DISCOVERY TO DELIVERY PROGRAM
Brief history of the ReCAP Shared Collections initiative
Since the inception of ReCAP in 2000, the Partners recognized the potential of a shared collection from among their collective holdings. To that end, the Andrew W. Mellon Foundation supported the development of the Shared Collection Service Bus middleware to help facilitate seamless collection sharing in four phases. The first phase was a planning grant in 2012-2013 to formalize the principles, functional requirements, and operational steps that would allow materials to be shared. The overarching goal was to transform the nature of the partnership from management of a shared storage space at the ReCAP facility to cooperative stewardship of a shared collection. The second phase, initiated in 2015 and concluding in 2017, funded the development of a middleware to manage a robust Discovery to Delivery Program. Following the launch of the Discovery to Delivery Program, we entered a phase to analyze and strengthen the system. This phase ran from 2018 through 2019. The final phase, from 2020 through 2021, was to refactor and standardize the code base. ReCAP leveraged its newest Partner, Harvard, as a test case for the code refactoring.
The Shared Collection Service Bus (SCSB: code on Github; documentation on Confluence) connects the Partners’ Integrated Library Systems (ILS) with ReCAP’s Inventory Management System (IMS). HTC Global Services was selected through a competitive RFP process to create the system, and Marshall Breeding served as technology consultant to the project. The development and implementation of SCSB and related APIs began in 2016 and launched in late 2017. The products developed in this project have been released under a no-cost, open source or Creative Commons license. With the implementation of SCSB, the ReCAP shared collection, consisting of selected materials already held in storage and additional materials partners deposit in the future, could be managed, retained and shared according to policies developed and agreed to during the planning process.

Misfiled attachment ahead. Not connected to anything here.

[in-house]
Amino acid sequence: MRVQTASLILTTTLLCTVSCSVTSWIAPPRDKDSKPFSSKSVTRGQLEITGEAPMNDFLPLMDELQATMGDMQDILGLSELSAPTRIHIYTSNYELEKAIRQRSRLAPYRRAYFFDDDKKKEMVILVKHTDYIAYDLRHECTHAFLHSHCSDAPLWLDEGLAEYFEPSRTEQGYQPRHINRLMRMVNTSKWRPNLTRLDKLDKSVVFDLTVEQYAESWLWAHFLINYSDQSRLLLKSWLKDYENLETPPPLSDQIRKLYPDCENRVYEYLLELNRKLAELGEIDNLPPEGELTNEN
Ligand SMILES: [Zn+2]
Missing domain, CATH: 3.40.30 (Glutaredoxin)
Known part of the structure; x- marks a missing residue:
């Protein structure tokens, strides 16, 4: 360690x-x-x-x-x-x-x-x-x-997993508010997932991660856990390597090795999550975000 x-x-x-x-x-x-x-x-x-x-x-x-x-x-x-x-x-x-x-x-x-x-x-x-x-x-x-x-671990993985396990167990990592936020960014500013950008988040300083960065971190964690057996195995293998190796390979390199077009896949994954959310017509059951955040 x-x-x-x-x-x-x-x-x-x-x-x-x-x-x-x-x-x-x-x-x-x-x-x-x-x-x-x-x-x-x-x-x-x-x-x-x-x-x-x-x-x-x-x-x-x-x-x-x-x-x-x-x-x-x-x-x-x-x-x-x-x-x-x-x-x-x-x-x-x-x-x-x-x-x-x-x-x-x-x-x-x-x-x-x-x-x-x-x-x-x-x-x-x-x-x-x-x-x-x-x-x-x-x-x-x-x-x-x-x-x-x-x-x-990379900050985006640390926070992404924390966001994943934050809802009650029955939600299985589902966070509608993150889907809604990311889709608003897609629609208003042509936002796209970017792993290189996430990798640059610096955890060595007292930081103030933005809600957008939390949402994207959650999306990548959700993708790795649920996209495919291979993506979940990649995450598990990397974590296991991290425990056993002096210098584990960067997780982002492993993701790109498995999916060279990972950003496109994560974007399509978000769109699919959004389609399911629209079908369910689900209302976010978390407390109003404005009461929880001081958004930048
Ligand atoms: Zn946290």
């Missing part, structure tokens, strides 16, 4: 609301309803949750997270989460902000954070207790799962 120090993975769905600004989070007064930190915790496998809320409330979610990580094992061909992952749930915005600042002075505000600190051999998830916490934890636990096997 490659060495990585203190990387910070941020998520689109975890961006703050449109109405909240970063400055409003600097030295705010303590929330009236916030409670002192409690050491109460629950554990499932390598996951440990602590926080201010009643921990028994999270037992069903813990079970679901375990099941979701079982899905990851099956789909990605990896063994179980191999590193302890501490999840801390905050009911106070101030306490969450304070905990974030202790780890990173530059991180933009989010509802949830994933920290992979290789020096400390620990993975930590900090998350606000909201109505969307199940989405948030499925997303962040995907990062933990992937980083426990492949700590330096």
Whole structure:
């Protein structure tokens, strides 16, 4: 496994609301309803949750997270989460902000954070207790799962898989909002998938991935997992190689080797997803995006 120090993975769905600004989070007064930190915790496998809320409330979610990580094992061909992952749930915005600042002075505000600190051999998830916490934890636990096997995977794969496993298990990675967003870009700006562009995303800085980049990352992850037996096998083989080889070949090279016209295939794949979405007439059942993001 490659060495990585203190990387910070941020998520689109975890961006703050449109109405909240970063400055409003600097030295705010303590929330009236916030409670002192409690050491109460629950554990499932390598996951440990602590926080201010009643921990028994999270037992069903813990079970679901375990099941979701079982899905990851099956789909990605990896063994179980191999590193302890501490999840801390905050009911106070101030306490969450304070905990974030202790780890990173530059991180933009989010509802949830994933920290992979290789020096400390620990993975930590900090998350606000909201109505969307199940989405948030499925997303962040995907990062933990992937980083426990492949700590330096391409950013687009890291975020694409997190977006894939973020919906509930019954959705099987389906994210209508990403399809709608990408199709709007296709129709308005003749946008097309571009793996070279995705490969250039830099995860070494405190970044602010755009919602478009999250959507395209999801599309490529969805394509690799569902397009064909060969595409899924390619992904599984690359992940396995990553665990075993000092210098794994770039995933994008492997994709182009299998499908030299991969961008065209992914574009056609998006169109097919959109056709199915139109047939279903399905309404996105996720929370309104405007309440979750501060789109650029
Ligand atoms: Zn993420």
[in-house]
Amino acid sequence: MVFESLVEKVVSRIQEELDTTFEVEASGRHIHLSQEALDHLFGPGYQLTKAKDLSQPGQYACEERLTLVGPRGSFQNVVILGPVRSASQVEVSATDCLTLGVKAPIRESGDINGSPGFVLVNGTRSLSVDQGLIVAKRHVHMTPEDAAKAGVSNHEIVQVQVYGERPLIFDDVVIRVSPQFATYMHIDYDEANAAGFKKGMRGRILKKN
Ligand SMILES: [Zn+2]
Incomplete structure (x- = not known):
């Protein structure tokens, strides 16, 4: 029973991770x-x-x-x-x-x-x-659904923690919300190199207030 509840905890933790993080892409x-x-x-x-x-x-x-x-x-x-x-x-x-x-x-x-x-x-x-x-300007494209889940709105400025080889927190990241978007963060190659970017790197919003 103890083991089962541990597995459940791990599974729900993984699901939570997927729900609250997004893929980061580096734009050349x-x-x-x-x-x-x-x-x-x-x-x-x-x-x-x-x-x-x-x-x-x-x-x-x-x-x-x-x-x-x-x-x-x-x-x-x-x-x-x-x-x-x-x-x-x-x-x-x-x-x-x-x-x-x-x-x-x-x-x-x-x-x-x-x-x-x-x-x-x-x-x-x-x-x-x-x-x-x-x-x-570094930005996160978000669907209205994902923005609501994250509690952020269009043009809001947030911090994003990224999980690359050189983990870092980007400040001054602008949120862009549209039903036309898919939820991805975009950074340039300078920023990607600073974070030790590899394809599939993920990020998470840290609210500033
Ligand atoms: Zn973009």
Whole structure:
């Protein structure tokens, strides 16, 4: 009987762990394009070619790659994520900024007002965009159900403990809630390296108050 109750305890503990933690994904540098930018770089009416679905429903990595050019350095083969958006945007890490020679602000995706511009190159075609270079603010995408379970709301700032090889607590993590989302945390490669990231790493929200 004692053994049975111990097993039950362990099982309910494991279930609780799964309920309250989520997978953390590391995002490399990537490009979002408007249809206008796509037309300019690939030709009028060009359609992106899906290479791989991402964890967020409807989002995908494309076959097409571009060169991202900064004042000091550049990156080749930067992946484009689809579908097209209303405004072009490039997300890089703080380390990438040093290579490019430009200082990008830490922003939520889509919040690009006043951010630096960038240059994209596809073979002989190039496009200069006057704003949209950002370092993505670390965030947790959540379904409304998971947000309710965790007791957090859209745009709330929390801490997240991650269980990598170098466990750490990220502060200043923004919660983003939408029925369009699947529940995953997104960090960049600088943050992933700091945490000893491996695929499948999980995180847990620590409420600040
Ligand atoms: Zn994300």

Direct benefits of the shared collection include vastly expanded resources available to the patrons of each Partner– we’ve estimated that each Partner now has access to an additional 10 million new items, even after accounting for duplication; new opportunities for collaborative collection development activities; and demonstrated new technology and policy models for the national network of shared-print repositories. Partners realized the first and second benefits by creating a single-copy archive, managed jointly, to which patrons of all Partner libraries have unmediated access. This new unmediated access model also reduces reliance on expensive interlibrary loan between Partner institutions.
- This page provides an overview of the work to date on the ReCAP Shared Collections project. For further information and questions, please contact ReCAP's Executive Director.
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